I’ve suffered from balance issues since late 2018. Despite tests, neither my GP nor an ear specialist can help. The dizziness coincides with a stiff neck and blurred vision (in the form of pixelated crescents, which typically disappear after 15 minutes) at the same time as the balance problem.
Bob Pimlott, Rutland, E. Mids.
Your symptoms are typical of vestibular migraine — essentially a migraine where the main symptom is vertigo, or lack of balance, accompanied by dizziness.
Although migraine is usually associated with headaches, sometimes they cause no pain at all.
Vestibular migraines have been known about since the late 1800s, but there have been only a few studies and no definitive tests for them, which helps explain the relatively poor awareness of the condition — and may help explain your lack of diagnosis.
Typically, migraine headaches are preceded by an ‘aura’, often causing visual disturbances such as bright spots or pixelated shapes, like the crescents you describe seeing.
An aura is not always visual — some people may experience a hallucination, a particular smell, or a heavy numb feeling in one arm, for instance.
Although migraine is usually associated with headaches, sometimes they cause no pain at all
In vestibular migraine, the dizziness tends to come before the visual disturbance, and most patients do not experience headache. In your case, it may be that the neck stiffness is your version of the headache.
The treatment is two-fold: medication for acute attacks and medication for prevention, which may be necessary when bouts of vertigo are frequent (more than twice a week for more than four weeks in a row).
The medication depends on the individual and how long the attacks last. Typically, people who experience longer attacks are prescribed drugs to suppress the balance mechanism system (involving the structures in the inner ear).
These drugs include antihistamines, benzodiazepines, and antiemetics (nausea pills), which essentially work on different mechanisms. They are effective, although benzodiazepines carry the risk of causing drug dependency.
As your attacks last only 15 minutes, treating the acute symptoms with oral medication is not really an option, as any drug wouldn’t be absorbed, let alone be able to act, before they’re over.
But if your attacks are frequent, then drugs to prevent the migraines are an option. These include beta blockers (used in the past to treat high blood pressure), tricyclic antidepressants, or one of a group of anti-convulsant drugs such as topiramate, which work on the neurological pathways involved in migraines.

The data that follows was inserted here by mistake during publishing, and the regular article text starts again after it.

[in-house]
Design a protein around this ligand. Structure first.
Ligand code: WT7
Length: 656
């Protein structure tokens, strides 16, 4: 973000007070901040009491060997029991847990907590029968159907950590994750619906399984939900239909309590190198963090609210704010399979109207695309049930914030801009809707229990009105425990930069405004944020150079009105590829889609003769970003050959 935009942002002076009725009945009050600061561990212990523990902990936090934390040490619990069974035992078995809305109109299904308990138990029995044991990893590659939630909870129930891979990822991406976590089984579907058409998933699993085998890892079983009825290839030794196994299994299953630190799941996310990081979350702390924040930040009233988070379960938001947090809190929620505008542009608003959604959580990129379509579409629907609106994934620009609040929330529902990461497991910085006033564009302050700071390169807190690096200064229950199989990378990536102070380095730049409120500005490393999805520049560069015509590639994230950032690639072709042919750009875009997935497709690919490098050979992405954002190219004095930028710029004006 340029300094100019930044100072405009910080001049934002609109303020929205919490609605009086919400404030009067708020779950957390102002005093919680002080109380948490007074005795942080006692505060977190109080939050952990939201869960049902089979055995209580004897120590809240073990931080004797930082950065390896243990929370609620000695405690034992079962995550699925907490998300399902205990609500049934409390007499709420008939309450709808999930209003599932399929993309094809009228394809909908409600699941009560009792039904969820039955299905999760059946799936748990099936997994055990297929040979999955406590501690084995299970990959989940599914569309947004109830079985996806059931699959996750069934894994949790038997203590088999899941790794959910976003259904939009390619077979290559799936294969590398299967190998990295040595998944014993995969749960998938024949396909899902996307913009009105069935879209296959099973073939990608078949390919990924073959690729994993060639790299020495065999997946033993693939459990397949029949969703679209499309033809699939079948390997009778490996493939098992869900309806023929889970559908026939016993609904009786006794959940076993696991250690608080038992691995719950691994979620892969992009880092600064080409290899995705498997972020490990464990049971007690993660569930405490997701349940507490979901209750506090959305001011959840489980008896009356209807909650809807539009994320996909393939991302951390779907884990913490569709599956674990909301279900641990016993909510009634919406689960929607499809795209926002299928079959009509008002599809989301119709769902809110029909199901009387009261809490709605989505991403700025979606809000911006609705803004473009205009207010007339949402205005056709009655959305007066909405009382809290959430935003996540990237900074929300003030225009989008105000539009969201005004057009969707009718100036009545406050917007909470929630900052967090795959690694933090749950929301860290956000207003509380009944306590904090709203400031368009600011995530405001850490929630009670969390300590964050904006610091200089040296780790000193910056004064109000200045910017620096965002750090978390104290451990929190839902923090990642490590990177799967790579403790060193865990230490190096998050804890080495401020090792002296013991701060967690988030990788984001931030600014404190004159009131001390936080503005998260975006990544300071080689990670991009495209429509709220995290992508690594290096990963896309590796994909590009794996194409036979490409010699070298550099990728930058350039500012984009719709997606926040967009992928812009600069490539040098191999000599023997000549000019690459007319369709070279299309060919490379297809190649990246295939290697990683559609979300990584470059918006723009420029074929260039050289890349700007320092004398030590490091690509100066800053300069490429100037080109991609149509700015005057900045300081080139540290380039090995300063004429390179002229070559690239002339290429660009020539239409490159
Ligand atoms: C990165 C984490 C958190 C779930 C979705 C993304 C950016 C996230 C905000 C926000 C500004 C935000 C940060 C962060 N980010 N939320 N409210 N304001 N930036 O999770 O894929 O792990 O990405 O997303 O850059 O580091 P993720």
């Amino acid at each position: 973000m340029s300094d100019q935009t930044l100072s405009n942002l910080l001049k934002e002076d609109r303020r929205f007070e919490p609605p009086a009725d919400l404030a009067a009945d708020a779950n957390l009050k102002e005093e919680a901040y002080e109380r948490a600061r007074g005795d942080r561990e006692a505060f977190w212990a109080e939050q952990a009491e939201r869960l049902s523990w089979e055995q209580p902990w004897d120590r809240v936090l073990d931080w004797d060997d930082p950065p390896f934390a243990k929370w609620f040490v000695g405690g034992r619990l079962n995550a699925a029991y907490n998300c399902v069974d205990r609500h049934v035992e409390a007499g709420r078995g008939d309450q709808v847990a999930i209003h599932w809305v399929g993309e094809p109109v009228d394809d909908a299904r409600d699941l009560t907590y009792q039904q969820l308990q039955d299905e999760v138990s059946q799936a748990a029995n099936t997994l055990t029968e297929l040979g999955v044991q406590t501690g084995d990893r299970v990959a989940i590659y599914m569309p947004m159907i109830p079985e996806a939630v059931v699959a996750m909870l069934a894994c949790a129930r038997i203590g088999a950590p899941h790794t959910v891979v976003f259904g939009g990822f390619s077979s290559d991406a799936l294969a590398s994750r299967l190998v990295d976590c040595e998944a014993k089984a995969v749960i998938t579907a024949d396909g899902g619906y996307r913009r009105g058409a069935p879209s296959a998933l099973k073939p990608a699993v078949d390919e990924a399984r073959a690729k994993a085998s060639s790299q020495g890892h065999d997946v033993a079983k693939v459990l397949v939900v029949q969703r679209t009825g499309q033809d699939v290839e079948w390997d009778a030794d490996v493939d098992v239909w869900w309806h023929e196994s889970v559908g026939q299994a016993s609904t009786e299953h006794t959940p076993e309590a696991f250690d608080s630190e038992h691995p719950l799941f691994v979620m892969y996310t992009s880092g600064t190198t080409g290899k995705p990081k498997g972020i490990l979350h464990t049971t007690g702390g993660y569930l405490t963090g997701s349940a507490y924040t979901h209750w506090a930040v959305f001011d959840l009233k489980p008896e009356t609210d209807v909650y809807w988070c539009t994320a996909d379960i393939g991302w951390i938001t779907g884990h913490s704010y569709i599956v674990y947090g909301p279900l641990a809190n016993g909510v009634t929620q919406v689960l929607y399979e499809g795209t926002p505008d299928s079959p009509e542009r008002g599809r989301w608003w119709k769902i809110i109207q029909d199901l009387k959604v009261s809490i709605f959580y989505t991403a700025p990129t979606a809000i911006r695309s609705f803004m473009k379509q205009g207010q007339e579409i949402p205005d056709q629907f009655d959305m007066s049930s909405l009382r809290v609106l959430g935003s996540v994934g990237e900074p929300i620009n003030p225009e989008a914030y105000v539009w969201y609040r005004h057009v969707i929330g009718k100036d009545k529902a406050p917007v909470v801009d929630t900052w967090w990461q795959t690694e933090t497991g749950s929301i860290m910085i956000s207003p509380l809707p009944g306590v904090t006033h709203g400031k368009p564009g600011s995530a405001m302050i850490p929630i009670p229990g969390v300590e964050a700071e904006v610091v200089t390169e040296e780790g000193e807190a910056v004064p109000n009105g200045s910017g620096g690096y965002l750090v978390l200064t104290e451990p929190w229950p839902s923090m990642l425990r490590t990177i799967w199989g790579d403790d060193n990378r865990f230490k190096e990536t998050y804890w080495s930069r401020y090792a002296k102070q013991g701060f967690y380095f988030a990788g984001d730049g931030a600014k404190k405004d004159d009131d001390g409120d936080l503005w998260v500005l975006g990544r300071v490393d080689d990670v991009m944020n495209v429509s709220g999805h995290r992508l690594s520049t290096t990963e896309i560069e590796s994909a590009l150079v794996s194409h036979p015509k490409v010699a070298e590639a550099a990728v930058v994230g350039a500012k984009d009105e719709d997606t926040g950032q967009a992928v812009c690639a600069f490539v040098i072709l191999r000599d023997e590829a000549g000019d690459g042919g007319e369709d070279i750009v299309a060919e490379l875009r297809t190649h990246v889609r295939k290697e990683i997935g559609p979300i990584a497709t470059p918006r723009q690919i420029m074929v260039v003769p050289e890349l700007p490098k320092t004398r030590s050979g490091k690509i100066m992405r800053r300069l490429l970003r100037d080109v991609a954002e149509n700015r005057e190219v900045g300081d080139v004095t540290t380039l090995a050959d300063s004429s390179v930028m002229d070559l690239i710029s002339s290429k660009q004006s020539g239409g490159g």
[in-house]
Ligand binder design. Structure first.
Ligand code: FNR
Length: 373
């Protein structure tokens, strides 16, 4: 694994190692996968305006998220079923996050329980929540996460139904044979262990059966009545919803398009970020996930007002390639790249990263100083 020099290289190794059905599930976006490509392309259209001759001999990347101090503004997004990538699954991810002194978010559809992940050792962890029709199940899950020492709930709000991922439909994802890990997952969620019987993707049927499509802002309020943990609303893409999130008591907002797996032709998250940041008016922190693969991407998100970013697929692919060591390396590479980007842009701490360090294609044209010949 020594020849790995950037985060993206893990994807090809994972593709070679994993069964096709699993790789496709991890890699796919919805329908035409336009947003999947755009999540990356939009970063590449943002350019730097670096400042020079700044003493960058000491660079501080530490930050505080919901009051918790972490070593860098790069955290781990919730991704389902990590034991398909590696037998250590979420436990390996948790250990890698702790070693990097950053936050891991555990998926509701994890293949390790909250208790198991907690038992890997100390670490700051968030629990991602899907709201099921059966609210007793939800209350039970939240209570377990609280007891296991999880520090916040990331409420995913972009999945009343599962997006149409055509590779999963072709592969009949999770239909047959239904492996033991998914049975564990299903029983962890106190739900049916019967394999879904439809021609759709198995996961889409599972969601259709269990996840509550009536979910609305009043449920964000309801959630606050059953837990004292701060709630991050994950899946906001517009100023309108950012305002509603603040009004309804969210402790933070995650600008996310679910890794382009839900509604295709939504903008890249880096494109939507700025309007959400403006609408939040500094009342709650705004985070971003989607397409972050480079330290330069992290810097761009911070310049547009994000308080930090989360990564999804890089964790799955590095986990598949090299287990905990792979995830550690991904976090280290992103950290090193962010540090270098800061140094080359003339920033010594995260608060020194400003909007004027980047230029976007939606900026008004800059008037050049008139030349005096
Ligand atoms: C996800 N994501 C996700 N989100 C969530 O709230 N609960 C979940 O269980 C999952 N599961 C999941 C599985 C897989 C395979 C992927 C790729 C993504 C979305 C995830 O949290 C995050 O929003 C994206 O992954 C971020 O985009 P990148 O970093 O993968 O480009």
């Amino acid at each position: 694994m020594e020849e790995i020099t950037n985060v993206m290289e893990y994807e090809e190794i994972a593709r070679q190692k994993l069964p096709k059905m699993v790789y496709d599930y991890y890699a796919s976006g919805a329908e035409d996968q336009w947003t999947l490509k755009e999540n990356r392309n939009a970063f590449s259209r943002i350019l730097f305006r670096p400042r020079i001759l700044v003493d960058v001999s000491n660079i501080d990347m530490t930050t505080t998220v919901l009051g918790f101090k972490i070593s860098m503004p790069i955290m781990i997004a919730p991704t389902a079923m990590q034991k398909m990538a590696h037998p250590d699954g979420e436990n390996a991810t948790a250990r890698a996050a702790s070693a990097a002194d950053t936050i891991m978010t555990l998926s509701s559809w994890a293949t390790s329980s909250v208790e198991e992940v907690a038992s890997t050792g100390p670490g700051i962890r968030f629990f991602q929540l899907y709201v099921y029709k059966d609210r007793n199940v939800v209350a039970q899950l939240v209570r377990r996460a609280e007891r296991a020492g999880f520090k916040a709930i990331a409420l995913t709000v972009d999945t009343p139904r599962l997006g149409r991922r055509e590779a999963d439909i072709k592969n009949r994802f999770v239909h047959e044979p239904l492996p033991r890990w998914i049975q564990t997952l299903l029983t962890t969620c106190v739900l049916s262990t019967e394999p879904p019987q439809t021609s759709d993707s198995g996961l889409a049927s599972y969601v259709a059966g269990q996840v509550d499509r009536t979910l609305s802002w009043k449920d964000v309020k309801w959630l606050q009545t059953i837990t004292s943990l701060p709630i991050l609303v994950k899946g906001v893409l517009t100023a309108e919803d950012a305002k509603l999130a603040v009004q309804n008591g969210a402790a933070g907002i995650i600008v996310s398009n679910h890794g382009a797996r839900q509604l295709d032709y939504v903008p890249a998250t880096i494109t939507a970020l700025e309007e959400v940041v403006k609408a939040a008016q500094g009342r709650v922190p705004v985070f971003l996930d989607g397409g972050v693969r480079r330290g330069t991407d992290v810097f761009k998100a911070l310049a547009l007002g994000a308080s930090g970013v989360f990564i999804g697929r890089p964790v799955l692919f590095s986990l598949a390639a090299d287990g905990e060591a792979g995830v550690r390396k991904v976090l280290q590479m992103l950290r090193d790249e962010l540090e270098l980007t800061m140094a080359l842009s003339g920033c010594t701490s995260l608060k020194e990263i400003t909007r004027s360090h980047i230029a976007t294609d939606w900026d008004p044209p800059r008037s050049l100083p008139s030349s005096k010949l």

I suggest discussing this with your doctor.
A family member who is 40 is experiencing difficult menopausal symptoms, but has had oestrogen-positive, low-grade ovarian cancer and is worried about recurrence if she takes hormone replacement therapy (HRT). I should be most grateful to know what is the current research and opinion?
Sylvia Gilbert, Salisbury, Wilts.
About a fifth of women diagnosed with ovarian cancer are under 40 and the treatment — often surgery to remove both ovaries as well as chemotherapy — can trigger an early menopause (the ovaries are responsible for producing the hormone oestrogen). HRT can help, easing symptoms such as hot flushes and fatigue.
The good news is that currently there is no evidence to suggest that HRT after treatment for ovarian cancer raises the risk of the disease recurring; indeed, there is some evidence that it may improve survival.
One analysis of 350 women with hormone-positive ovarian cancer given HRT showed no difference in survival rate, incidence of breast cancer, stroke or heart attack when compared to a group of ovarian cancer patients who hadn’t tried HRT.
So while there has been speculation that oestrogen-positive cancer (which is stimulated by the hormone) might recur if the woman takes HRT, the general agreement based on the evidence we have is that it’s safe to prescribe it.
Your relative would be best advised to speak to her specialist about going on to HRT.
Write to Dr Scurr
Write to Dr Scurr at Good Health, Daily Mail, 2 Derry Street, London W8 5TT or email: [email protected] — include contact details. Dr Scurr cannot enter into personal correspondence. Replies should be taken in a general context.
Consult your own GP with any health worries.
In my view: Doctors set the best example for having Covid jabs
What better evidence is there for the effectiveness of Covid vaccines than the vast majority of doctors having had them?
A survey from the Royal College of Physicians (which represents hospital doctors) shows 99 per cent of members have had two vaccines and 96 per cent have had all three.
Many doctors are now facing the ethical challenge of looking after patients who have decided not to be vaccinated. The task is to engage with these people and try to reverse their misconceptions.
The most common reason for turning down the jab is mistrust of the science and the efficacy of the vaccines, with fear that the rapid research and manufacture means they can’t have been fully tested.
These fears are unfounded given the highly detailed and respected process of development. But how do we persuade people otherwise?
The science of immunology and virology, and the data, are complicated. So perhaps we should rely on the knowledge that 99 per cent of hospital specialist physicians have chosen to be fully vaccinated.